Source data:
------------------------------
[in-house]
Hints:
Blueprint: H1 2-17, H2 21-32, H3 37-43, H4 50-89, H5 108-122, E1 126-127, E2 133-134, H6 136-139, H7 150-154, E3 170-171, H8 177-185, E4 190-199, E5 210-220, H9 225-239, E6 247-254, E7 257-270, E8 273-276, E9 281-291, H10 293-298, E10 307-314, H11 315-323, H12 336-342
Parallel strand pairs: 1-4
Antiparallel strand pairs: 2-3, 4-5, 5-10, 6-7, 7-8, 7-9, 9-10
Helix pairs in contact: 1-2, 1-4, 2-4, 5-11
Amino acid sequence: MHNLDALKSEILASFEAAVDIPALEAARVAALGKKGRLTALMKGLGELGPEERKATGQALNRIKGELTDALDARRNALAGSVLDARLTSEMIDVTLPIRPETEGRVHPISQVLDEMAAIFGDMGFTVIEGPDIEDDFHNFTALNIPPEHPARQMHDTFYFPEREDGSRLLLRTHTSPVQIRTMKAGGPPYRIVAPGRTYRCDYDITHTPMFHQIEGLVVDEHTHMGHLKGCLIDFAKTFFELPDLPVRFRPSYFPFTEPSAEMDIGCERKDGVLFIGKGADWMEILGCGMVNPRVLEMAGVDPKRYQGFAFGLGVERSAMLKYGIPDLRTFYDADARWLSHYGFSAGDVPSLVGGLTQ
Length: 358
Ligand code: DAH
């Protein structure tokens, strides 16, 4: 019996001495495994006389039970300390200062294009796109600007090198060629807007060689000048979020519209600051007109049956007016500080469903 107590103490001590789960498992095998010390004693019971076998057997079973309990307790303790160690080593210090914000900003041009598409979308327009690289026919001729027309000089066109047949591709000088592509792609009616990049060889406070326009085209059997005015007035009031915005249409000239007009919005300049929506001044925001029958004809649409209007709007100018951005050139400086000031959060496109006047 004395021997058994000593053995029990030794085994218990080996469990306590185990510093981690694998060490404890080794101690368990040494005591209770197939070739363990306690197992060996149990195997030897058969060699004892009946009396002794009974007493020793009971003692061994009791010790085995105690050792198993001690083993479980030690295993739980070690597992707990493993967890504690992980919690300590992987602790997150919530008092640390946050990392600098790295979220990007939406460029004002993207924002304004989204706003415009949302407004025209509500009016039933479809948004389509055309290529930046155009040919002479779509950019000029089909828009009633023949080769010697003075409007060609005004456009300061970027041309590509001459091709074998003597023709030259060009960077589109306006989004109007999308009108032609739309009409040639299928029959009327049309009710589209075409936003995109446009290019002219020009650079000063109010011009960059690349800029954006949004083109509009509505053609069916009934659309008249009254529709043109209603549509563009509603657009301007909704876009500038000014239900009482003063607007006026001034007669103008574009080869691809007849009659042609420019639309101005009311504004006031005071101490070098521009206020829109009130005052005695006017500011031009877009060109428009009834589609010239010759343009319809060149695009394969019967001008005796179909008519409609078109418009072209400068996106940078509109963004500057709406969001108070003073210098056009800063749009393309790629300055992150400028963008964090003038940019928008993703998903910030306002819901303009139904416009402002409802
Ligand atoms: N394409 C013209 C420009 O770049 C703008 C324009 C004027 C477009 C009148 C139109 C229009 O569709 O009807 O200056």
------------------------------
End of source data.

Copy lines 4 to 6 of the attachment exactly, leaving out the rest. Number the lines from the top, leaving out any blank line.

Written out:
Parallel strand pairs: 1-4
Antiparallel strand pairs: 2-3, 4-5, 5-10, 6-7, 7-8, 7-9, 9-10
Helix pairs in contact: 1-2, 1-4, 2-4, 5-11